Still, charges of environmental foot-dragging rankle government officials who point to progress made cleaning up the environmental catastrophes of the communist era.

"Thanks to structural reforms from 1995 to 2005, greenhouse gas effects were reduced by 40 percent in Romania," said that nation's environment minister, Attila Korodi.

Eastern officials argue their countries merit special consideration because communist policies left their economies more vulnerable to the cost of making deep, rapid cuts in greenhouse emissions.

Poland, for instance, still depends on plentiful coal reserves to meet most of its heating needs, while coal use has lessened in recent decades in western Europe because of pollution concerns that were not an issue during the communist era in the east.

Now, the EU's emission plans has Poland facing the expense of equipping its coal industry with costly filtering equipment — or the deeply unpopular option of turning to historic nemesis Russia to buy cleaner burning oil and natural gas.

Concern about rise in energy prices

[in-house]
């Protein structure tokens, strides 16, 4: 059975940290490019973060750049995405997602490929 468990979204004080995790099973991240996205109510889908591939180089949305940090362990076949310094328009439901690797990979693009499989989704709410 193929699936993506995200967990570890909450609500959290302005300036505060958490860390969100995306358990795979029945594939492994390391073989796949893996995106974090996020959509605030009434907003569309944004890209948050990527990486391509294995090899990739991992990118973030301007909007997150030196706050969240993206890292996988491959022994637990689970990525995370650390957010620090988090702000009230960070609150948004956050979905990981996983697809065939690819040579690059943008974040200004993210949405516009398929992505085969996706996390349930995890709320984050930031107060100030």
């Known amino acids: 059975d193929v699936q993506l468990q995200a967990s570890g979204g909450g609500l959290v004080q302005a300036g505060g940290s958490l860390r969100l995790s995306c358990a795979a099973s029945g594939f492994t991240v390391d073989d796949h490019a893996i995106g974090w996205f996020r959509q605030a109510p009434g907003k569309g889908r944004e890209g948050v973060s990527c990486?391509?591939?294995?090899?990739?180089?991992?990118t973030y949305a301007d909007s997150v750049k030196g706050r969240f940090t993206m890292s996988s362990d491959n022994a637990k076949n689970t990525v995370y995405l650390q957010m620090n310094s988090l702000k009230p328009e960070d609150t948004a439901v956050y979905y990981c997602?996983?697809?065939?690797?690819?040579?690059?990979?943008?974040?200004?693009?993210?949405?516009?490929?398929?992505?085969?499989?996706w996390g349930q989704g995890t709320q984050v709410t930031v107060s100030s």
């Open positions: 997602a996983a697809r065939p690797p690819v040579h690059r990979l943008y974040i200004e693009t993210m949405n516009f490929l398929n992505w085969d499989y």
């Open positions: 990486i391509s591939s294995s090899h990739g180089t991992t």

The Polish Environment Ministry's spokeswoman, Elzbieta Strucka, said Warsaw's opposition to the EU climate package has nothing to do with the financial crisis but stems from existing economic considerations for a poor country.

The plan will result "in a shocking rise in energy prices," she said. "Poland and other nations that use coal energy cannot agree to this."

She said Poland agrees to the principle of cutting emissions but wants to implement it more gradually than EU administrators envision.

Tusk, the Polish prime minister, said that if the EU truly wants to set an example to the rest of the world, it must first persuade its poorer members to sign on to a deal acceptable to all.

"If we are not able to accept it, what will a hundred countries much poorer than Poland say?"

Copyright 2008 The Associated Press. All rights reserved. This material may not be published, broadcast, rewritten or redistributed.